• The Bridge of Heroes: The oldest of the three bridges and the closest bridge not within range of the city’s defenses, it crosses the Yangazi River some ten miles north of the Mozanya, at the town of Antigon. Formerly known as the Sudayeen Bridge, it was renamed the Bridge of Heroes after the Battle of Antigon eleven years ago. The Bridge of Heroes is an antiquated but strategically important bridge.


  • There’s a lot more to know about Mozanya, but this at least covers most of the basics.

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Total. Audio. Visual. Fail.

I just gave a talk on “The Pitfalls of Medieval Fiction Writing,” covering many of the problems I see in stories, films, and TV shows that feature medieval cultures, whether in a historical setting or transplanted into a fantasy milieu.

Can I say…

Total. Audio. Visual. Fail.

Yes, I believe I can.

The screen showed up, but not the projector. Then my Dell laptop glitched, so no PowerPoint slides. Not even for me, the speaker. So, I gave the talk from memory.

It all worked. Somehow.

Worst A/V debacle I’ve experienced in my seven years of public speaking. (As a conference organizer with more than twelve conferences and dozens of smaller events under my belt, I’ve seen worse failures. This was just the worst that I’ve personally experienced.)

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Creating Realistic Worlds: Resources

World Building - By David KeenerI’ve starting releasing the various sections of my World Building project as blog entries as I soon as I complete them. My intention is to eventually gather them all together and publish them as a single non-fiction ebook to be entitled World Building: Creating Realistic Worlds for Stories and Games.

So far, I’ve published the Introduction and, today, I’m publishing the “Resources” section of the project (which is still a work in progress, and something that I’ll be continually adding to until the project is completed). The two sections beyond the “Introduction” have been completed, but I can’t put them online yet because I’m still in the process of securing the rights to some of the graphics and maps that I want to feature in the project.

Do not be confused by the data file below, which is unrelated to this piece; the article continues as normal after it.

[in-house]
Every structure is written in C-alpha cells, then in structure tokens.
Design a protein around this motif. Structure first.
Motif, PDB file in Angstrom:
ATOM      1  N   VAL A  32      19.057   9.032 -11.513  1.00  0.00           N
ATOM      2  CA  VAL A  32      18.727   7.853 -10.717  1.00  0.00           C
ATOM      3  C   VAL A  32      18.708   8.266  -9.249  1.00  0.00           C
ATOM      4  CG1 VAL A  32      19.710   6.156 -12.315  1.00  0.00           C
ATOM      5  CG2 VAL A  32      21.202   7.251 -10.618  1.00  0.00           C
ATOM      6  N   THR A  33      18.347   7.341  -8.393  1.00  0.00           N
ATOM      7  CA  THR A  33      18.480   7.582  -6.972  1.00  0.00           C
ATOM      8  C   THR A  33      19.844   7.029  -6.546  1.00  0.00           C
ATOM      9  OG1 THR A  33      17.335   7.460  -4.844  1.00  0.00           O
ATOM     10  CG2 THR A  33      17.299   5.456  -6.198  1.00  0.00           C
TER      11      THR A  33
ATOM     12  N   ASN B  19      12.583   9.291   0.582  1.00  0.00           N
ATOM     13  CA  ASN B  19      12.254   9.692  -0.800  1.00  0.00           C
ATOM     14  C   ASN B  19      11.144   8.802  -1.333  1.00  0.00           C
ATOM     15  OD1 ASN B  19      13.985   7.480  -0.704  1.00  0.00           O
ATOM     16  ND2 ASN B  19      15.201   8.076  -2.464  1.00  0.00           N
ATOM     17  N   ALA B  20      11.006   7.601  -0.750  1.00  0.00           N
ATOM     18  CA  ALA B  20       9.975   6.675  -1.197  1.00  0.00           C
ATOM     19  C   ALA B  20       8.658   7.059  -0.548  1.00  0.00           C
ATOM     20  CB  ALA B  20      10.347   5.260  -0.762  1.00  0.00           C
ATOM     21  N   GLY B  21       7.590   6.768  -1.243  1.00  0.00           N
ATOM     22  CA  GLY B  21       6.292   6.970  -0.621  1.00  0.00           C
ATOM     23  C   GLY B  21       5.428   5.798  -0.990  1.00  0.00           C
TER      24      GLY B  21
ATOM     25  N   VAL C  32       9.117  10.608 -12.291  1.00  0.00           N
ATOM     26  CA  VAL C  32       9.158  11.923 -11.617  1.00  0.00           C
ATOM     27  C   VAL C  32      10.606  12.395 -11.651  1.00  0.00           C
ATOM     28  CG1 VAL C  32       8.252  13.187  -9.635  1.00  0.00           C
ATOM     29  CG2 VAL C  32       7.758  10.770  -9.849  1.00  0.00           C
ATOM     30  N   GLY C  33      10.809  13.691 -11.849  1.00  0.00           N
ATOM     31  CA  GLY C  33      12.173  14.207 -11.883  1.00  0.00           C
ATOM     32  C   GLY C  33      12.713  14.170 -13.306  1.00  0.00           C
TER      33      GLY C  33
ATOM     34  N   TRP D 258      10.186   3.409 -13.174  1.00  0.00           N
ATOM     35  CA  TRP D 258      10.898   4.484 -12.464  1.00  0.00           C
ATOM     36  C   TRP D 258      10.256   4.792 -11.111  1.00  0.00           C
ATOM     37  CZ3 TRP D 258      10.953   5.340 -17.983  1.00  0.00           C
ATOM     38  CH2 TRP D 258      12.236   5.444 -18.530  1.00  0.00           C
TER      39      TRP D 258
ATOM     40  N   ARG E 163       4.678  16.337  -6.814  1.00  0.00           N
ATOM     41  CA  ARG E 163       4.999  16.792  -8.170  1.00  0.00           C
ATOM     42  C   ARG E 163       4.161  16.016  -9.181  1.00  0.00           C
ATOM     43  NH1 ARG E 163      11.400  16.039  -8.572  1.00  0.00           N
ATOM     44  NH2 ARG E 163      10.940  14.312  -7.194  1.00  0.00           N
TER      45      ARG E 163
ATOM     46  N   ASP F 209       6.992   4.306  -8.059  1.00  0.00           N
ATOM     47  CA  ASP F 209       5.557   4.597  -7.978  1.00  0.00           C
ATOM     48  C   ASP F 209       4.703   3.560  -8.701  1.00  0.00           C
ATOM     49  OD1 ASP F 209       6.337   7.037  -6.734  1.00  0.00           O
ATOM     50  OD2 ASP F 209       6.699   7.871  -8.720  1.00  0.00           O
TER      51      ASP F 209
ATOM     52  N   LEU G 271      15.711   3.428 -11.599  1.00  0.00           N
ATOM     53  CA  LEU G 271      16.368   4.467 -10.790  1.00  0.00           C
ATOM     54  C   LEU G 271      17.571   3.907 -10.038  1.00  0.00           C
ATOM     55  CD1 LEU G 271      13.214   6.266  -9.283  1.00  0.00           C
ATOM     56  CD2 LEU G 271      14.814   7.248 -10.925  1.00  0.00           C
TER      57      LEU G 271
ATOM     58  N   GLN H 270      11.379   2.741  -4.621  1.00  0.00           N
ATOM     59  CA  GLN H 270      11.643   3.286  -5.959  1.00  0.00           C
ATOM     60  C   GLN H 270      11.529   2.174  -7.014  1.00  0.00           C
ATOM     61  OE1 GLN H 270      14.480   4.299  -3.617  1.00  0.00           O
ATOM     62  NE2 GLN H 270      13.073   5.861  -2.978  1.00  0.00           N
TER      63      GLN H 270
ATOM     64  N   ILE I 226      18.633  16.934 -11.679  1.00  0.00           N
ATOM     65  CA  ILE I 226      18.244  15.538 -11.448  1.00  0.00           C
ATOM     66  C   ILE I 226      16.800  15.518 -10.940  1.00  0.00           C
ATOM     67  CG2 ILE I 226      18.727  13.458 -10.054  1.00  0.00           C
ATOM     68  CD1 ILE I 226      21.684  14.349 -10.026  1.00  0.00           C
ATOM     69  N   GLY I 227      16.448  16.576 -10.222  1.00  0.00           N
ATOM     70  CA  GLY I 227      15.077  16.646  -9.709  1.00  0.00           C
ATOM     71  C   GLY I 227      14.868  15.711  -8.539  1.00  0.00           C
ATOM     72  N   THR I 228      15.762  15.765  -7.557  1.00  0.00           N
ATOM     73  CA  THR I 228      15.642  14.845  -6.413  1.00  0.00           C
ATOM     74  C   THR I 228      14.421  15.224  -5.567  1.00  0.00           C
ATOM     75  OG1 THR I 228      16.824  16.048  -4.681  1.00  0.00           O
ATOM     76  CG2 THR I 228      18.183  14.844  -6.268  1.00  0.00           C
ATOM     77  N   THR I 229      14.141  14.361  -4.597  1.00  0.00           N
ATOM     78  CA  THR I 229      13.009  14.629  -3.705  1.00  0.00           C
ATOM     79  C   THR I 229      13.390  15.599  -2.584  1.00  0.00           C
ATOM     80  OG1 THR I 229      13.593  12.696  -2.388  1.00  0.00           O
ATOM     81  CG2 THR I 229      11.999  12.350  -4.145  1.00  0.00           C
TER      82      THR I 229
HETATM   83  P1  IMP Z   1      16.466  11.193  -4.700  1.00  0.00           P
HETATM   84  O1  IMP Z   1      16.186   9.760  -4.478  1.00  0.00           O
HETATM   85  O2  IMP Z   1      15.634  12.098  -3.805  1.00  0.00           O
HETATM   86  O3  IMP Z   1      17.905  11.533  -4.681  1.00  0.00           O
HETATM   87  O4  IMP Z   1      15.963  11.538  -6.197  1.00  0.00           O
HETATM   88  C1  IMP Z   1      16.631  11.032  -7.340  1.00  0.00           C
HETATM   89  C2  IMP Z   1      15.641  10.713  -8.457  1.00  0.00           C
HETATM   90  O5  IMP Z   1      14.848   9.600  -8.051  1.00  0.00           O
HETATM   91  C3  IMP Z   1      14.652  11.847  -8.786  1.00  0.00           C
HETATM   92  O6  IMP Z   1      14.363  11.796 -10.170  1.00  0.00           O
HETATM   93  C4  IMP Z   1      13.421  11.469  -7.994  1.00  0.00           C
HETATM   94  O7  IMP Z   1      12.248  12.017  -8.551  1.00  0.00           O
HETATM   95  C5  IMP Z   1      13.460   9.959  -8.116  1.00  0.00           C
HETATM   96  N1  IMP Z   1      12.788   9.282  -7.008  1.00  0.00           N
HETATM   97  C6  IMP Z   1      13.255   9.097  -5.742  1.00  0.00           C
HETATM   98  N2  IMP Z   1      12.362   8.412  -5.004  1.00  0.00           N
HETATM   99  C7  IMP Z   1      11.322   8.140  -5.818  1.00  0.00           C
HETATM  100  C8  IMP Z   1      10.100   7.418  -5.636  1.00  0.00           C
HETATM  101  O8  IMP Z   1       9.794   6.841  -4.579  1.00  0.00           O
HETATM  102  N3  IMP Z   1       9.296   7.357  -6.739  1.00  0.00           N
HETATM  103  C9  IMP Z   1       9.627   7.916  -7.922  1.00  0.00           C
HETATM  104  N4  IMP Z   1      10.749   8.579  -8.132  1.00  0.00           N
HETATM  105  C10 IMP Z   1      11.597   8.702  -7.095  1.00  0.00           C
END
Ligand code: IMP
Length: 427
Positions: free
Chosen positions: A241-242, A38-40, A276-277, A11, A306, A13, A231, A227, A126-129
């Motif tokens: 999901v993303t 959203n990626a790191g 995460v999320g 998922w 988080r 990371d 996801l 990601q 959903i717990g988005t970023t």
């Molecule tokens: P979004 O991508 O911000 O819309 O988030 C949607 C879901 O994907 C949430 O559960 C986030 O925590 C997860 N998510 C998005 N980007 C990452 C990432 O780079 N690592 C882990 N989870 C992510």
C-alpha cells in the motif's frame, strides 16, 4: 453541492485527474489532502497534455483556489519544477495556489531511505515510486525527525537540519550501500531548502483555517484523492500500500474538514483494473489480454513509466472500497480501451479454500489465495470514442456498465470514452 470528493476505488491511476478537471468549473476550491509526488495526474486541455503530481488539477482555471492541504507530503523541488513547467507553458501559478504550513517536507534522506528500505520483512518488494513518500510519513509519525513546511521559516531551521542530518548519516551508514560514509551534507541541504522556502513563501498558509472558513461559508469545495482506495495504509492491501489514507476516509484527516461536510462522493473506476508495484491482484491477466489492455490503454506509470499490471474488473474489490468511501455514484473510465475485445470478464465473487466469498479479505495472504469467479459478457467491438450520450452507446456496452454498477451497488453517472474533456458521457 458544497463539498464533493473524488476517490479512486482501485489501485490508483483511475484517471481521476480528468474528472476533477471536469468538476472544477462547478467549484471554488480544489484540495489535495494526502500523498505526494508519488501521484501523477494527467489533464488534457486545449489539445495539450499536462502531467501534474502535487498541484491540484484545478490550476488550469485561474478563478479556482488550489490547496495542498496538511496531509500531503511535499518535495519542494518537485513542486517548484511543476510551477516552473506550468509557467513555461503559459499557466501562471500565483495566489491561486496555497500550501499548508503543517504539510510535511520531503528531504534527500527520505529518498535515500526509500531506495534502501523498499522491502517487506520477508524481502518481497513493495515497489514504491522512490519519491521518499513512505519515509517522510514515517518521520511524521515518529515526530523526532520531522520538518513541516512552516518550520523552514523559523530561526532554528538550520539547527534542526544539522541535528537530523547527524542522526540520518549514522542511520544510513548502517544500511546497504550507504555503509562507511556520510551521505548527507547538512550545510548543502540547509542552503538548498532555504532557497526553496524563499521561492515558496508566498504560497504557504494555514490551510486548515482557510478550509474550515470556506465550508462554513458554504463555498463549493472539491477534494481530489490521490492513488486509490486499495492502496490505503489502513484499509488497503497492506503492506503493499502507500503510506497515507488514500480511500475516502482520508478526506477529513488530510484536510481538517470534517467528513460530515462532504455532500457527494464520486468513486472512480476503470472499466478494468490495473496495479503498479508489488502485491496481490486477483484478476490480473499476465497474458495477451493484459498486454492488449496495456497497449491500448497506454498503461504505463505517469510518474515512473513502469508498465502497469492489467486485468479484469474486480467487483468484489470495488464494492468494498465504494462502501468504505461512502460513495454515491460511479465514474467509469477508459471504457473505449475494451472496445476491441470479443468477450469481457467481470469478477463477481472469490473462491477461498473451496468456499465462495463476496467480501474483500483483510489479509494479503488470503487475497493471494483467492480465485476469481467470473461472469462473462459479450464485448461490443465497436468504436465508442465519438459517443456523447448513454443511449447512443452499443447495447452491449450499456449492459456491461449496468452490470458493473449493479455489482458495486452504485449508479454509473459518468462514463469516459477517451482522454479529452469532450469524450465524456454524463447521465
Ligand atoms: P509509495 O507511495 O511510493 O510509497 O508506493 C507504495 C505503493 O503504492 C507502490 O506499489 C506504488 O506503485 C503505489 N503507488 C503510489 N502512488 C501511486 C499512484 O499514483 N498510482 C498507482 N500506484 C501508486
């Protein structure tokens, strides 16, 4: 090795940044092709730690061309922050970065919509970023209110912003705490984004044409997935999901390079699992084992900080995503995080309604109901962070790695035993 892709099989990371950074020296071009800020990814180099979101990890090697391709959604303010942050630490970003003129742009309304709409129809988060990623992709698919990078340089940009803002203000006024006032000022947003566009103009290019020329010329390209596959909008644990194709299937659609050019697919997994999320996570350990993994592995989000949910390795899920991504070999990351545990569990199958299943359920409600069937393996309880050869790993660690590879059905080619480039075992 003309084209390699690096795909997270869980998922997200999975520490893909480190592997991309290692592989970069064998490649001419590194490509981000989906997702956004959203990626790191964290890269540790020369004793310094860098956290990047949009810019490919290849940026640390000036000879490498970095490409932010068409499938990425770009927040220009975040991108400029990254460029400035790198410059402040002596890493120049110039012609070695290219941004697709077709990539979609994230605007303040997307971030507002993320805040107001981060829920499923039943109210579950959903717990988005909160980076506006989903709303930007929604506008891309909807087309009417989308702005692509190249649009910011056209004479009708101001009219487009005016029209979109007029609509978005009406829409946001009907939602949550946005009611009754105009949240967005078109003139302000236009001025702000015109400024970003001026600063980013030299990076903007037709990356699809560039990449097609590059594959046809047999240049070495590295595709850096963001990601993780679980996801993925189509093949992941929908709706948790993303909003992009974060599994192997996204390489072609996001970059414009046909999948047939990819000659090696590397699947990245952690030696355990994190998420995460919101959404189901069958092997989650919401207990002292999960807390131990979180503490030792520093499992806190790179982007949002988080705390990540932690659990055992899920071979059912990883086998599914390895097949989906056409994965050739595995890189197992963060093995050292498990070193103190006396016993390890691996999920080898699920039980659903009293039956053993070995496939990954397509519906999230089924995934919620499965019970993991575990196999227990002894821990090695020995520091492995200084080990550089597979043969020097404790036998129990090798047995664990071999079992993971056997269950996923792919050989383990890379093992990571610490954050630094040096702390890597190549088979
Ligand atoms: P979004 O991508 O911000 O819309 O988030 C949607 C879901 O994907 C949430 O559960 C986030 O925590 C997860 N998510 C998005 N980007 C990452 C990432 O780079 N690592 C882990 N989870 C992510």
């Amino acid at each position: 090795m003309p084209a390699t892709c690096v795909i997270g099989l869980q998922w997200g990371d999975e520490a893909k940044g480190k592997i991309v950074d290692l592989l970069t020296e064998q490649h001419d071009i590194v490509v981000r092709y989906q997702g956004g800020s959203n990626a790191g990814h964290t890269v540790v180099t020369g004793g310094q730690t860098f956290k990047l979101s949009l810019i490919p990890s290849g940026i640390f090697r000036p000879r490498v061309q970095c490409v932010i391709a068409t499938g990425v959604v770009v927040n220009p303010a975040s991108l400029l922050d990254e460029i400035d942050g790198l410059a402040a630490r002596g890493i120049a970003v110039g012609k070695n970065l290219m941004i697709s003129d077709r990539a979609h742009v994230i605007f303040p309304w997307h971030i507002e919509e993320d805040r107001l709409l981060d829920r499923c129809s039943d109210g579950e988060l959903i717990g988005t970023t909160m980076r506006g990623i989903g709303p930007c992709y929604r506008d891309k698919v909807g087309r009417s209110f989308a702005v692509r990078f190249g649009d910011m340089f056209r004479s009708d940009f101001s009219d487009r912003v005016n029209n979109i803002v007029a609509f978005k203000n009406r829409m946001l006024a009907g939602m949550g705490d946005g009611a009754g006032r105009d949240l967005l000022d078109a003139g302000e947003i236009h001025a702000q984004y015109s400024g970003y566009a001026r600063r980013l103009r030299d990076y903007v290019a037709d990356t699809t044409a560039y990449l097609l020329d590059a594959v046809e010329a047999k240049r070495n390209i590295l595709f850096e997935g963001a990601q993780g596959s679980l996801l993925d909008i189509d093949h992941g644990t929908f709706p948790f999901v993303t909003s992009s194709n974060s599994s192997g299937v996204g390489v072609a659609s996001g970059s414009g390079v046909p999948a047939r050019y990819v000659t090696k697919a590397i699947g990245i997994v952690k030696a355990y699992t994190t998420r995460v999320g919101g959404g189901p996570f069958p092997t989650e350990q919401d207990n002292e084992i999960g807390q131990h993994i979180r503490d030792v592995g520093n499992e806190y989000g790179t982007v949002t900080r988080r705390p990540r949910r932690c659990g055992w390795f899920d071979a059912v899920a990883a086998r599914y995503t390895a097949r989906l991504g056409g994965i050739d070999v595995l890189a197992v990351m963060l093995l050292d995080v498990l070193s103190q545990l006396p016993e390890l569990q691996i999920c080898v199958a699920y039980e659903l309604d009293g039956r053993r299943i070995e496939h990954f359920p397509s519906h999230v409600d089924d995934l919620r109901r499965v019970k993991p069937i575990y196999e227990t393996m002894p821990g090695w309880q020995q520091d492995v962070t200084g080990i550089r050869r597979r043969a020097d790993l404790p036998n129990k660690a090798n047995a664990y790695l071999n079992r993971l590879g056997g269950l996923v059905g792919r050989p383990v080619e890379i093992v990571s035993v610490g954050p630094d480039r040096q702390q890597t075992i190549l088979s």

While I’m still getting the rights issues resolved, I thought there might be some general interest in some of the world building resources that I’ve looked at during my research. Some of them may be a little rare, but you may still be able to hunt down a copy online.


Writing a book like World Building: Creating Realistic Worlds for Stories and Games is one of those interesting endeavors that required an astonishing amount of research. Indeed, the effort required far more investigation than I had anticipated when I embarked on this journey of exploration. I am indebted to numerous writers, scientists and cartographers who provided valuable information that helped me in this enterprise.

The entire concept of detailed world building, of creating realistic and plausible worlds for diverse purposes, is notable for the depth and breadth of the topics that can come into play. My book provides, at best, a hopefully solid overview of what can be done. For more information about world building, feel free to explore the resources that proved so useful to me in creating this book.

Useful Resources

GURPS Space AtlasGURSPS Space Atlas – By Steve Jackson and William A. Barton
1988, Steve Jackson Games
This was a supplement for the GURPS (Generic Universal Roleplaying System) game (another product of Steve Jackson Games). It provides numerous two-page examples of solidly designed worlds, including icosahedral maps of each world. Followed by at least three sequels of a similar nature. Note that William A. Barton also went on to become a successful SF writer.
Map Projection Essentials – By Daniel Strebe
http://www.mapthematics.com/Essentials.php
This online article by Daniel Strebe is an excellent introduction to the realm of map projections. Daniel Strebe is one of the principals behind Geocart, a leading commercial tool for producing map projections (available for purchase on the Mapthematics web site). He has also provided many of the open source map images that are available on Wikipedia. In short, he knows what he’s talking about when it comes to anything related to cartography.
The Traveller Book by Marc MillerThe Traveller Book – By Marc Miller
1982, Game Designers’ Workshop (GDW)
A compendium from GDW containing the basic rules for the Traveller roleplaying game (previously published in three smaller booklets beginning in 1977), a game noted for its emphasis on hard science. Notable for containing a useful 2D star mapping system; the Universal Planetary Profile (UPP), which described characteristics of a world such as atmosphere, population, government type, law level and tech level; a technology levels timeline, which illustrated what typical technological items might be seen at different tech levels; and an abstract but very useful model for a world’s fauna. Now referred to as Classic Traveller to distinguish it from alternate versions of the rules. Still available in various forms today; see the Traveller Wikipedia entry for more details.